[Episcopal News Service] Episcopalians gathered in Springfield, Massachusetts, outside the headquarters of Smith & Wesson Corp. to rally behind protest signs that asked the gun manufacturer to “Stop Selling Assault Weapons.” Episcopalians in Trenton, New Jersey, participated in a 12-hour “Day of Lamentation” over gun violence. Students of Episcopal schools from New York to Florida walked out of class to participate in a nationwide call to action.
Student-led demonstrations around the country and the dozens of separate events at Episcopal cathedrals and churches coincided March 14 to mark one month since the deadly high school shooting in Parkland, Florida. Though independently organized, the variety of events – on what was billed by youth organizers as National Walkout Day – served to underscore a common push for political action to address the seemingly relentless outbreak of mass shootings in the U.S.
“This is the only developed nation in the world that has a gun death problem at the rate we do,” New Jersey Bishop Chip Stokes said in his sermon at Eucharist held at Trinity Episcopal Cathedral in Trenton. “Those of us who oppose it need to get in the face of the problem and cry out in the name of the Lord.”
Such calls have been growing since 17 students and educators were shot and killed Feb. 14 at Marjory Stoneman Douglas High School. A 19-year-old former student has been charged in the massacre.
The series of Episcopal events on March 14, coordinated by Bishops United Against Gun Violence, included services, prayers, the tolling of bells and, in some cases, a more direct form of advocacy.
An estimated 100 or more demonstrators, led by young people and interfaith leaders, including the bishops of the Diocese of Western Massachusetts and the Diocese of Massachusetts, stood for an hour outside the Smith & Wesson facility in Springfield drew “Protect Children Not Guns,” read one protest sign.
Smith & Wesson made the guns used in the mass shootings in Parkland, in Aurora, Colorado, and in San Bernardino, California.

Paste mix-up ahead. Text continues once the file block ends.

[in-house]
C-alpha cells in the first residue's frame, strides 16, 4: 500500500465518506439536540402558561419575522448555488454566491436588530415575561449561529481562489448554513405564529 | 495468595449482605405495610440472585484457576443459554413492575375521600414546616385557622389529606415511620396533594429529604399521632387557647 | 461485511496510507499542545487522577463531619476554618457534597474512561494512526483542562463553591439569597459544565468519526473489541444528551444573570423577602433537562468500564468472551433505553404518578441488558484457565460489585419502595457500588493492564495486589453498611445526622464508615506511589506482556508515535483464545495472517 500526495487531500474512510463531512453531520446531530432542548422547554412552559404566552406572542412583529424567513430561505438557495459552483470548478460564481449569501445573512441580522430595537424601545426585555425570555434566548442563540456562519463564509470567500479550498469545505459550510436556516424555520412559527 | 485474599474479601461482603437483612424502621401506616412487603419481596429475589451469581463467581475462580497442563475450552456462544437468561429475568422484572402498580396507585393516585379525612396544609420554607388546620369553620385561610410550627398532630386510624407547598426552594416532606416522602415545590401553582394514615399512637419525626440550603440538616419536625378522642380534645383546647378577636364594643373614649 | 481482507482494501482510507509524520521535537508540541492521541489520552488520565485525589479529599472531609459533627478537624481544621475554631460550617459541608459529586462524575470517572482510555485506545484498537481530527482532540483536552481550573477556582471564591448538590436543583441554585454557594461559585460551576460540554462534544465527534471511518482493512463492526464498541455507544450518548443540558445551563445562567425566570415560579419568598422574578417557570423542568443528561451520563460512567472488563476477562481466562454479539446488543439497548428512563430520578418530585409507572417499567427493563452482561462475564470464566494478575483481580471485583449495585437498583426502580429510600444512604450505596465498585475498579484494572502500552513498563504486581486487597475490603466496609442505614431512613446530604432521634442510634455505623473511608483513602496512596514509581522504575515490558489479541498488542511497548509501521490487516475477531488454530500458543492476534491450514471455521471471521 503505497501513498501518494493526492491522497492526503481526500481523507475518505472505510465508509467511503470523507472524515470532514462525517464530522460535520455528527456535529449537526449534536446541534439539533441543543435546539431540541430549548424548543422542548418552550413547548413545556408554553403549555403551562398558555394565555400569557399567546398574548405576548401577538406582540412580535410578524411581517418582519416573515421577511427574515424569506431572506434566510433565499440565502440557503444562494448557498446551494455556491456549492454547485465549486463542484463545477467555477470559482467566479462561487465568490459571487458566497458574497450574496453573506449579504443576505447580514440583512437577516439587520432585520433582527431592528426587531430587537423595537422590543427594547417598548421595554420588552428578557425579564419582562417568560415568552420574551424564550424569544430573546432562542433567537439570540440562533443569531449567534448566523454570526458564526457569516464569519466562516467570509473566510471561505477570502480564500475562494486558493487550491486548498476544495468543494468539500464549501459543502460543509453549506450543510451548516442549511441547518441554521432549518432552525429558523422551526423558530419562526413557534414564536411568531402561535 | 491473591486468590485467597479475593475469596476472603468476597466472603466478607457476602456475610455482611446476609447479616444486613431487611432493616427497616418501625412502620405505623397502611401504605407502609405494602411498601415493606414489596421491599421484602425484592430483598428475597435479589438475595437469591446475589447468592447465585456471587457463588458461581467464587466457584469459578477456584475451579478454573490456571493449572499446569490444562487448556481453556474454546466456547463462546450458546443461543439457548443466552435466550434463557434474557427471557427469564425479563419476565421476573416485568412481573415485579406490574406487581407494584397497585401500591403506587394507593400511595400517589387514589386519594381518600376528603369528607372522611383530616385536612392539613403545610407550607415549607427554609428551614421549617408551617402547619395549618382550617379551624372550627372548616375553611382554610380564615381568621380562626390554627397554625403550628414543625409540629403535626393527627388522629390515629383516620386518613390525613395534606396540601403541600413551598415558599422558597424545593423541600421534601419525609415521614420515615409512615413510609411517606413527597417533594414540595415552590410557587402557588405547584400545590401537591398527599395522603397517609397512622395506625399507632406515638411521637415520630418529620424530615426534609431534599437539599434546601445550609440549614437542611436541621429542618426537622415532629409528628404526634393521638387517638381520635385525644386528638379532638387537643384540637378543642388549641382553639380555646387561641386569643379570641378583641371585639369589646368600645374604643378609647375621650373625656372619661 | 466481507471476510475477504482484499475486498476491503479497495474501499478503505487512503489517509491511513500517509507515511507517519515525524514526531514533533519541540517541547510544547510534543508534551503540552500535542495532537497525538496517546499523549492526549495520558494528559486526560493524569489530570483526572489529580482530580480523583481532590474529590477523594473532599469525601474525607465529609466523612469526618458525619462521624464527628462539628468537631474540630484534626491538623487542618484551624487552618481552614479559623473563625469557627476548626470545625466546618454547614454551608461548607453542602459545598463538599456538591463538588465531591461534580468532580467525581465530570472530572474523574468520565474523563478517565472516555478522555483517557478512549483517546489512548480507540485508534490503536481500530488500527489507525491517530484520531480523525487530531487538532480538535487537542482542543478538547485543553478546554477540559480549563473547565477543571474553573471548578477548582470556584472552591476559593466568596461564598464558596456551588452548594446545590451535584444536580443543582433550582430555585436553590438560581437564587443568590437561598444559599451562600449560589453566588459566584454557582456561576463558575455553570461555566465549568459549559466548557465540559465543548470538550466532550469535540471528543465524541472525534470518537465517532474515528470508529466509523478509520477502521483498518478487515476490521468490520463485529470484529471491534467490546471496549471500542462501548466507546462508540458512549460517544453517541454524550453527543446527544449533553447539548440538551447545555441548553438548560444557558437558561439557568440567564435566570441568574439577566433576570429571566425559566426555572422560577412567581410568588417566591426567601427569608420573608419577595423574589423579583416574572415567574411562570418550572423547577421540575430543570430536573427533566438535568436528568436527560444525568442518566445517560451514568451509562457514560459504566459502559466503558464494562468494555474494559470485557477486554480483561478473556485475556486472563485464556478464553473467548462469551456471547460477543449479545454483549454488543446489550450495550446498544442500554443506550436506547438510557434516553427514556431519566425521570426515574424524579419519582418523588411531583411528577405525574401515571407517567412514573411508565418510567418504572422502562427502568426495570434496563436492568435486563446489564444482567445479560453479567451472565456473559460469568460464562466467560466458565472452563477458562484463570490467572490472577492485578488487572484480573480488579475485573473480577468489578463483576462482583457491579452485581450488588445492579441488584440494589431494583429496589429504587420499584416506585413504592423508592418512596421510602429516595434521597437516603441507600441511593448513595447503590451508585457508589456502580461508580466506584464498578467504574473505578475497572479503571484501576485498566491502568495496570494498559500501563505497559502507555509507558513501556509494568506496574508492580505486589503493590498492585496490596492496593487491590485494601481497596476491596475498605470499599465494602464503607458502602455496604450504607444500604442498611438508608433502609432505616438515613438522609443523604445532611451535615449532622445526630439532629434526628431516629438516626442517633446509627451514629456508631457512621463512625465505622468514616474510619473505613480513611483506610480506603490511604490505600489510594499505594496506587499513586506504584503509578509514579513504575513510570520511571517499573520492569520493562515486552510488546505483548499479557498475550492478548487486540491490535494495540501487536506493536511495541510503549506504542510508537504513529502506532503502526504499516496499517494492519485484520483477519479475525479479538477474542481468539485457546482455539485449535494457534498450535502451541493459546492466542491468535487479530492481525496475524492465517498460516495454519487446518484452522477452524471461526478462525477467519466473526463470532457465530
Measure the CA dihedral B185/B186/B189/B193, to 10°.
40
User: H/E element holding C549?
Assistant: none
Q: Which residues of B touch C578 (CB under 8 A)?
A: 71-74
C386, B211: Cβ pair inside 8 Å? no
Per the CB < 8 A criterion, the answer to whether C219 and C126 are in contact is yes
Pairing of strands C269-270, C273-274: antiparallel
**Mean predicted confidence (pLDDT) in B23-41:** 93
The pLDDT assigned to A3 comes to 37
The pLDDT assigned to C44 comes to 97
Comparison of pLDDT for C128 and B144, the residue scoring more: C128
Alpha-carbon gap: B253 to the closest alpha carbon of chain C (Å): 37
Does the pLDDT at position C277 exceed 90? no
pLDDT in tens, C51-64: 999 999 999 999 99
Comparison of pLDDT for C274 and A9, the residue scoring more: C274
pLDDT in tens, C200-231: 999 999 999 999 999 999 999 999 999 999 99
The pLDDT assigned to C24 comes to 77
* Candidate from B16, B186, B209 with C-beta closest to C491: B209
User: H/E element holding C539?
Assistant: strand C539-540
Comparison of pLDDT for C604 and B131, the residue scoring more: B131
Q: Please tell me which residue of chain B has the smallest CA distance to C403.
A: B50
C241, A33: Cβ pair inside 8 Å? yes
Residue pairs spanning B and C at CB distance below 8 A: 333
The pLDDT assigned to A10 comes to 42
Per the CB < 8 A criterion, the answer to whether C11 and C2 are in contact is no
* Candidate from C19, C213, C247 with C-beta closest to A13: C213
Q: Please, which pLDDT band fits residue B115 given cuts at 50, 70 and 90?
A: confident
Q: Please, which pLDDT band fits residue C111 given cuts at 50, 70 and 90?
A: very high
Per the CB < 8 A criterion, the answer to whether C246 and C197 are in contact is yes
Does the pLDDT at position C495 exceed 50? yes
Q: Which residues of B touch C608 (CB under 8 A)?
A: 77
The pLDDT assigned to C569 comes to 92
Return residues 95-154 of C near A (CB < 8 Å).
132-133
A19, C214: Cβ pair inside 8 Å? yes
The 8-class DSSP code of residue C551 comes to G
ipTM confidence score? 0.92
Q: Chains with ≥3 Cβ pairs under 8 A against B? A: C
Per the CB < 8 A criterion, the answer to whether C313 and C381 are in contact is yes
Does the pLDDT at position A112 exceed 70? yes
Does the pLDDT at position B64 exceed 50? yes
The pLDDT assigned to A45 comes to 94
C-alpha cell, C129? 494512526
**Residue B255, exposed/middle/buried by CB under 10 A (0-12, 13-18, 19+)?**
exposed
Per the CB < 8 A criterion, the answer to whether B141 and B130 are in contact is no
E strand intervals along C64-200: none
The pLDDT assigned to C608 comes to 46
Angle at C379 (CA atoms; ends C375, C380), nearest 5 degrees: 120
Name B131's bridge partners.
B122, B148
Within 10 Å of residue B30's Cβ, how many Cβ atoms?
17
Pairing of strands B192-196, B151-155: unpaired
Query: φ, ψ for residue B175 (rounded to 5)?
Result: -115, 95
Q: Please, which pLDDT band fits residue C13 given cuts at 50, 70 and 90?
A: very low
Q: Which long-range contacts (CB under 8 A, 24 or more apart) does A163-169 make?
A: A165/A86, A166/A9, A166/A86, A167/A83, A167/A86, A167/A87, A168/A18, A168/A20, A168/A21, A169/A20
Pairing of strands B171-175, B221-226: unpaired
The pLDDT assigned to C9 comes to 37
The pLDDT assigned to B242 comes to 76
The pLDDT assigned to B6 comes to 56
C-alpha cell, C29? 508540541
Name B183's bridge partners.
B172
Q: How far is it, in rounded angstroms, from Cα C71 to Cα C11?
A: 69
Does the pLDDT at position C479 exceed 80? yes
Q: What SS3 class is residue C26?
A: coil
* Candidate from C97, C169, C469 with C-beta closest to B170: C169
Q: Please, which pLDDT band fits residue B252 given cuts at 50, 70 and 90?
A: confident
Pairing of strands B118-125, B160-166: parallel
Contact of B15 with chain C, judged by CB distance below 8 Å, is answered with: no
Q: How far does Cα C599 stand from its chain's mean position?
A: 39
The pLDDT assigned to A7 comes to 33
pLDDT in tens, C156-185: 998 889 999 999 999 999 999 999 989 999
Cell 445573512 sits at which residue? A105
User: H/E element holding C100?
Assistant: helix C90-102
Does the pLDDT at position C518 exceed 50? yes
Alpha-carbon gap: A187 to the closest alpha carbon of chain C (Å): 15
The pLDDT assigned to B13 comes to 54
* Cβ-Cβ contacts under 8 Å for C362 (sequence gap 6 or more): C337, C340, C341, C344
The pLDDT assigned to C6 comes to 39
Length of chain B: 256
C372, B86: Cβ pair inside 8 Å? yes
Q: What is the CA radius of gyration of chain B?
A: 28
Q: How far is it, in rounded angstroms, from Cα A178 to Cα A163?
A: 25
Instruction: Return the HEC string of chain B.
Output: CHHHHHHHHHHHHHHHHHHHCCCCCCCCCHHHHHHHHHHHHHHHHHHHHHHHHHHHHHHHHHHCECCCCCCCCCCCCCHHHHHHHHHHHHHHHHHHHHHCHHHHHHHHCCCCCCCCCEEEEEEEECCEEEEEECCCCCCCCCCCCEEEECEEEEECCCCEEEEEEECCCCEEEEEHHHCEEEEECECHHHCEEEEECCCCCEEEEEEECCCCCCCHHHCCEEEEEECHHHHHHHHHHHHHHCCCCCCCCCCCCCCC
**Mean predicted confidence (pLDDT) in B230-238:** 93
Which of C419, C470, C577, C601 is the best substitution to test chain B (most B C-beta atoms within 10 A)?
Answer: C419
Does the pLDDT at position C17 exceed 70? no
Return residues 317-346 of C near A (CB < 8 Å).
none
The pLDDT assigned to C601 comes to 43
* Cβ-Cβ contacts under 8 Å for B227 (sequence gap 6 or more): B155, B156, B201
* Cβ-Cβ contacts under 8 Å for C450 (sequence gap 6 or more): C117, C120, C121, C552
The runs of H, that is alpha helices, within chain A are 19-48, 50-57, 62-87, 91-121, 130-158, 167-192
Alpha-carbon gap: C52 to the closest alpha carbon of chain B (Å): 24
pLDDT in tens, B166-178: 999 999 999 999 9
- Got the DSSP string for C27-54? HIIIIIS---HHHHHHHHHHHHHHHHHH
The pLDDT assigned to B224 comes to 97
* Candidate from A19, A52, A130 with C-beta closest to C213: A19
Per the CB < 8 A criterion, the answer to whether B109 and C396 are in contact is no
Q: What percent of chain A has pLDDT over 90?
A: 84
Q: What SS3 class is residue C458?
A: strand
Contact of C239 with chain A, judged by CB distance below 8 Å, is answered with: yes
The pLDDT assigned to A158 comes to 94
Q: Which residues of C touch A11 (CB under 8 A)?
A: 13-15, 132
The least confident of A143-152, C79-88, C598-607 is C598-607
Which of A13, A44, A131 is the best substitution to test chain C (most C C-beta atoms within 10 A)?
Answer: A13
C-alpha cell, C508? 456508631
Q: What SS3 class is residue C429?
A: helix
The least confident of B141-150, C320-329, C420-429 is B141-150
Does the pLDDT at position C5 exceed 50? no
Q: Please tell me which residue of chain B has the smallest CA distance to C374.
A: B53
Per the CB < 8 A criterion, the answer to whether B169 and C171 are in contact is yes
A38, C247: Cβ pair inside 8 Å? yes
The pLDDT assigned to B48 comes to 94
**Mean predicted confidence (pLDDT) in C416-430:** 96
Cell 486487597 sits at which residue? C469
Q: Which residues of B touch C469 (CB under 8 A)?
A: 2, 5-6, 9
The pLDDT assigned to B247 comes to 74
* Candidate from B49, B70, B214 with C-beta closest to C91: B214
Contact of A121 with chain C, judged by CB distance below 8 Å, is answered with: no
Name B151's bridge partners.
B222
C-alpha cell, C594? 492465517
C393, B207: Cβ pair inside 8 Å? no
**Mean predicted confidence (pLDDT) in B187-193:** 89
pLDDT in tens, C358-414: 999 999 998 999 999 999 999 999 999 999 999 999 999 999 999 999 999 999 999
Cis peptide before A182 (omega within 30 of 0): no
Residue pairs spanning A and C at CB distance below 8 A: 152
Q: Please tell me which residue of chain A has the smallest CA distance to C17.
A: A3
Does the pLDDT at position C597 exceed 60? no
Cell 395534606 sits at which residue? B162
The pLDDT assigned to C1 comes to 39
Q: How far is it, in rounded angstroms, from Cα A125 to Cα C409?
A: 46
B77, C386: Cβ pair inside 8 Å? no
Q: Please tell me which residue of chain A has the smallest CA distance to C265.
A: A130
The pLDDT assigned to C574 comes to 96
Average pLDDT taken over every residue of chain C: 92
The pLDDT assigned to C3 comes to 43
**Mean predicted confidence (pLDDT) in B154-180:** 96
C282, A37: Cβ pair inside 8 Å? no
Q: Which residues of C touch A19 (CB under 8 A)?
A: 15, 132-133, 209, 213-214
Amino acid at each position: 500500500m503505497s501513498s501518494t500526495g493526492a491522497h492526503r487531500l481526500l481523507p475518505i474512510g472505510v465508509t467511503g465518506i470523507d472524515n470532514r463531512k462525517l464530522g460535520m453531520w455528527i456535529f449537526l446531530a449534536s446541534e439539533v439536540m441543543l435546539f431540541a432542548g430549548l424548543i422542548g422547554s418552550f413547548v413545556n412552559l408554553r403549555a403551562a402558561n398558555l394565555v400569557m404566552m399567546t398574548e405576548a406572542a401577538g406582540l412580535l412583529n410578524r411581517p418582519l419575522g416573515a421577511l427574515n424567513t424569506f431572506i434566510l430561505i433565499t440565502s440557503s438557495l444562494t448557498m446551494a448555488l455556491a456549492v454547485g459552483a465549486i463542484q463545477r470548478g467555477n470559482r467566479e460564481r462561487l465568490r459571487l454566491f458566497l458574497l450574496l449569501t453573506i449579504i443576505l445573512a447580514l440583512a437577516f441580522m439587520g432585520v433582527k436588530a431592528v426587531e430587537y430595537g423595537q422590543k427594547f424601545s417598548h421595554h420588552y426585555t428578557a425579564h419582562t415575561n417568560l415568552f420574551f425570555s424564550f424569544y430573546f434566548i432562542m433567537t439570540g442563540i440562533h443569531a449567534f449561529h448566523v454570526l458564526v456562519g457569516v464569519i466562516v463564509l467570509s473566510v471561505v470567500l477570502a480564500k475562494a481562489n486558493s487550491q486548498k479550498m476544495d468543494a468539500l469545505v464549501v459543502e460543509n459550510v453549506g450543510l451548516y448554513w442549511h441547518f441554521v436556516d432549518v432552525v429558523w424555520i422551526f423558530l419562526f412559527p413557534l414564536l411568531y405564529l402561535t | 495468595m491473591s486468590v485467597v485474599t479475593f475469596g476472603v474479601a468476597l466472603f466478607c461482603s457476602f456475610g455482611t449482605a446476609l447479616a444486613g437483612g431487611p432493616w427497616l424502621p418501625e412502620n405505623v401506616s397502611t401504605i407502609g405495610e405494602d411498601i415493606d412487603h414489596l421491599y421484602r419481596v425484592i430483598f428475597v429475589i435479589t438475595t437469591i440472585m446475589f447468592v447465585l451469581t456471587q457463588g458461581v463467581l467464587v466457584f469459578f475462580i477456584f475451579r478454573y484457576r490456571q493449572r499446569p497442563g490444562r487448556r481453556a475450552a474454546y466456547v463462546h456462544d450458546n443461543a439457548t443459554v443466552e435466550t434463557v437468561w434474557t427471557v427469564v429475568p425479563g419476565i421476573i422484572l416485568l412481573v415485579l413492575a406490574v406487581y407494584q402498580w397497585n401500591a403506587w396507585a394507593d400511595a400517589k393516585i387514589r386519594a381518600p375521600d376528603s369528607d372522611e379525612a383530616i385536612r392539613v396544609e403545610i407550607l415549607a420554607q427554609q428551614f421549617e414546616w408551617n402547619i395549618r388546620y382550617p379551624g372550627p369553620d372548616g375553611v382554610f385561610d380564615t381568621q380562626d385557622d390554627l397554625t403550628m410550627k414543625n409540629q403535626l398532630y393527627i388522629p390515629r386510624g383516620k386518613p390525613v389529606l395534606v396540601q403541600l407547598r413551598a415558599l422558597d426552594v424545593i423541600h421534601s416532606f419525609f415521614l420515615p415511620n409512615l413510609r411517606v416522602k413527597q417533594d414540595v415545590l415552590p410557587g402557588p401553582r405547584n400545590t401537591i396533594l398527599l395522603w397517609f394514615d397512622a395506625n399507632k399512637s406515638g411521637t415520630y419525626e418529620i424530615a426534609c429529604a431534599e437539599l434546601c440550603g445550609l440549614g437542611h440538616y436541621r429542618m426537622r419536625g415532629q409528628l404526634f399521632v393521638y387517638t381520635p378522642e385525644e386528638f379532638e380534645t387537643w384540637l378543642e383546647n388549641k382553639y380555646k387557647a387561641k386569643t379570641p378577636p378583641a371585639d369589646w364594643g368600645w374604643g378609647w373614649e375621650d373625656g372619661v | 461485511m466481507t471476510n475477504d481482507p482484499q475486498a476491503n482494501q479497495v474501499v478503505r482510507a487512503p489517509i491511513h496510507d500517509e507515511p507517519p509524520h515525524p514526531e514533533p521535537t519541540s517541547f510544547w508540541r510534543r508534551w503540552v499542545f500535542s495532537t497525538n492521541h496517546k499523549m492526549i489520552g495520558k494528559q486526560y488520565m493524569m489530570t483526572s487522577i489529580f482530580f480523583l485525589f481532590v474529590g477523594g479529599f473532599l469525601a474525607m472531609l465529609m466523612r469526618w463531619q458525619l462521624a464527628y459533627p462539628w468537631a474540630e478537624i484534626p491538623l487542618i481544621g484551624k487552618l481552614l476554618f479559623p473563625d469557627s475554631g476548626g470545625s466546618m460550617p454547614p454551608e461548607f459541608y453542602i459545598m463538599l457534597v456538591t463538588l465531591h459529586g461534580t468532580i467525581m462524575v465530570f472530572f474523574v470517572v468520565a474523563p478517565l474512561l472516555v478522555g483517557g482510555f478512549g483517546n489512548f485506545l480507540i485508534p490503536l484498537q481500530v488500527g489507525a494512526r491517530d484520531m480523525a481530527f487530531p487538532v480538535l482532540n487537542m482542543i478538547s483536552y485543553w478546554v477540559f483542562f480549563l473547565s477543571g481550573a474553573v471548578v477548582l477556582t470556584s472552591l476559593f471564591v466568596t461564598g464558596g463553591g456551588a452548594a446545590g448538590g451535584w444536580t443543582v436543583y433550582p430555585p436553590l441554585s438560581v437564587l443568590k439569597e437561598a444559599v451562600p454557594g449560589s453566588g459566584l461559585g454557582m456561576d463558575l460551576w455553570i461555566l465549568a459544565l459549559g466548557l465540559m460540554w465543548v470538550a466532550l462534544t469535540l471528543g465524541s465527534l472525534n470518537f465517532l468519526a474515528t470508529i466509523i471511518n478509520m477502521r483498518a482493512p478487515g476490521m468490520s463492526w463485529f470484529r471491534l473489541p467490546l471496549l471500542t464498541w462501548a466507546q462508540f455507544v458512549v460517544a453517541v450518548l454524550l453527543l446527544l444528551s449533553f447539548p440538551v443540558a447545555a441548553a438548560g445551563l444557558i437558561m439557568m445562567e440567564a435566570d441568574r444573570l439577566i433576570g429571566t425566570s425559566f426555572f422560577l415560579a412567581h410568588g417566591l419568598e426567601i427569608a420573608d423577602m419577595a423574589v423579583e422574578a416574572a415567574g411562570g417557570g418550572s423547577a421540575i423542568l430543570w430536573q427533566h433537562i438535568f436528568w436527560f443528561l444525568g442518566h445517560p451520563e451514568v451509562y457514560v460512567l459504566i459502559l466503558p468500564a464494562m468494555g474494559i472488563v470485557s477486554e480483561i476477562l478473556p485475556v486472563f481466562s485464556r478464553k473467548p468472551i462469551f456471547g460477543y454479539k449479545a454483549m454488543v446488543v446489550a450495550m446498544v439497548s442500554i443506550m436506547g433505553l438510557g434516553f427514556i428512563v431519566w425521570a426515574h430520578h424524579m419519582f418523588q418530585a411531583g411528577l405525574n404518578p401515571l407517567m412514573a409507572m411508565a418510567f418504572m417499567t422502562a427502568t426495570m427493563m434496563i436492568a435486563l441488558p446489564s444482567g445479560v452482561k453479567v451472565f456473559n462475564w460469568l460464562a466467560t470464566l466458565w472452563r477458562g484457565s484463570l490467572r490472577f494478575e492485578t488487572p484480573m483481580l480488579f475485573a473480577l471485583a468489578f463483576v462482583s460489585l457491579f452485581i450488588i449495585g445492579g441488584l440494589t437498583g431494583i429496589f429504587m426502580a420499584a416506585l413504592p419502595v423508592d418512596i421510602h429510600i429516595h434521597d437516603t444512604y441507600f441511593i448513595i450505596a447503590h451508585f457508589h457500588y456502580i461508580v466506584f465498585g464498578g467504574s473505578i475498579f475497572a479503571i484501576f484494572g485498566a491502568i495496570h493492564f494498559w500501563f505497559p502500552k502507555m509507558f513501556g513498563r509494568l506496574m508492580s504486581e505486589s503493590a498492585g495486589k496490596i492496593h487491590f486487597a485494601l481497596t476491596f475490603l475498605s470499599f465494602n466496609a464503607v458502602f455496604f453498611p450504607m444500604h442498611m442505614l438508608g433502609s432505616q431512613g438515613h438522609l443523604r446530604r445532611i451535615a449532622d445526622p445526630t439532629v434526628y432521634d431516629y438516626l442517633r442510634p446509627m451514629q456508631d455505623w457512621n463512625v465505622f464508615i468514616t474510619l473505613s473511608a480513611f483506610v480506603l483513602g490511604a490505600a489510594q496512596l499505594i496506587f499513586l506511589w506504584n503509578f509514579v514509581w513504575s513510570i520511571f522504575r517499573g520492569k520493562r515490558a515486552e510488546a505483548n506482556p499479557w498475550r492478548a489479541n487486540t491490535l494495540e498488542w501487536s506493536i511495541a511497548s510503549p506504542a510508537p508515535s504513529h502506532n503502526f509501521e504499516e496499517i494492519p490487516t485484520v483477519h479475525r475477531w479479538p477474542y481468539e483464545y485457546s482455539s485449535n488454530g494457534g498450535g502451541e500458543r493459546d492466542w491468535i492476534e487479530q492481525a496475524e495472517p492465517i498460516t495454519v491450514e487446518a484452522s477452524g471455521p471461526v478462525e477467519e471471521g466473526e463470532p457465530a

At the end of the hour, the student leaders delivered three demands to the guards at the Smith & Wesson visitor center. They hope for a meeting with company leaders within the next 30 days. They are asking the manufacturer to stop selling military-grade weapons to the civilian population and to create a community compensation fund to help bear the costs related to gun violence.
Such events shared the spotlight with the day’s widespread classroom walkouts and student-led demonstrations against gun violence. At the Episcopal-rooted Grace Church School in New York, students in grades 4 through 12 linked hands to surround the school, and they placed flowers in memory of a school aide who was shot and killed near the school Nov. 1 of last year.
— Art Chang (@achangnyc) March 14, 2018
Students at Holy Trinity Episcopal Academy in Melbourne, Florida, gathered in the morning at the school’s flagpole to pray for gun violence victims and sign a banner of support for Marjory Stoneman Douglas High School.
A student demonstration also was held at Palmer Trinity School in Miami, Florida.
Our students joined thousands of other kids around the nation today to protest gun violence in #NationalWalkOutDay, a movement sparked after the recent shooting at Marjory Stoneman Douglas High School. pic.twitter.com/R1h2XAlgFS
— Palmer Trinity (@palmertrinity) March 14, 2018
The events at Episcopal cathedrals and churches range from gatherings for silent reflection to full-day activities underscoring the call to action. Here are some examples:
Bell tolls: St. Paul’s Episcopal Church in Grinnell, Iowa; Grace Church in Sheldon, Vermont, and Trinity Episcopal Cathedral in Portland, Oregon, were among the churches tolling their bells 17 times, one toll for each of the Parkland victims.
— Trinity Cathedral PDX (@trinitycath) March 14, 2018
Services of Lamentation: These services, encouraged by Bishops United, have been scheduled in numerous dioceses throughout the day, both at cathedrals and in individual congregations. Bishops United Against Gun Violence has posted information about some of the services. Participants include St. James Cathedral in Chicago; the Cathedral Church of St. Paul in Des Moines, Iowa; St. Luke’s Cathedral in Portland, Maine; Trinity Cathedral in Sacramento, California; Christ Church Cathedral, Springfield, Massachusetts; and All Saints’ Cathedral in Milwaukee, Wisconsin.
Day of Lamentation: The Diocese of New Jersey’s Day of Prayer, Lamentation, Fasting and Silence began at 6:30 a.m. at Trinity Episcopal Cathedral in Trenton and lasted until 6:30 p.m. The service including reading the names of gunshot fatalities. The Diocese of Vermont began at 9 a.m. at the Cathedral Church of St. Paul in Burlington with a full schedule of activities, including music and readings, as well as public prayers offered each hour on the hour.
This was my opening reflection for our Day of Lamentation at @EpiscopalVT Cathedral Church of Saint Paul, Burlington. Snow and ice on the roads, but still people are gathering throughout the day for prayer and contemplation. #EndGunViolence #EnoughIsEnough #prayerandpolicy https://t.co/GbzBw20GOd
— Thomas Ely (@BishopVT10) March 14, 2018
The Diocese of Connecticut’s schedule included Eucharist at noon at Christ Church Cathedral in Hartford followed by a lunch where community leaders were to lead conversations about gun violence. A vigil is scheduled for 7 p.m.
– The Rev. Mary Frances Schjonberg is interim managing editor of the Episcopal News Service. David Paulsen is an editor and reporter for the Episcopal News Service. He can be reached at firstname.lastname@example.org.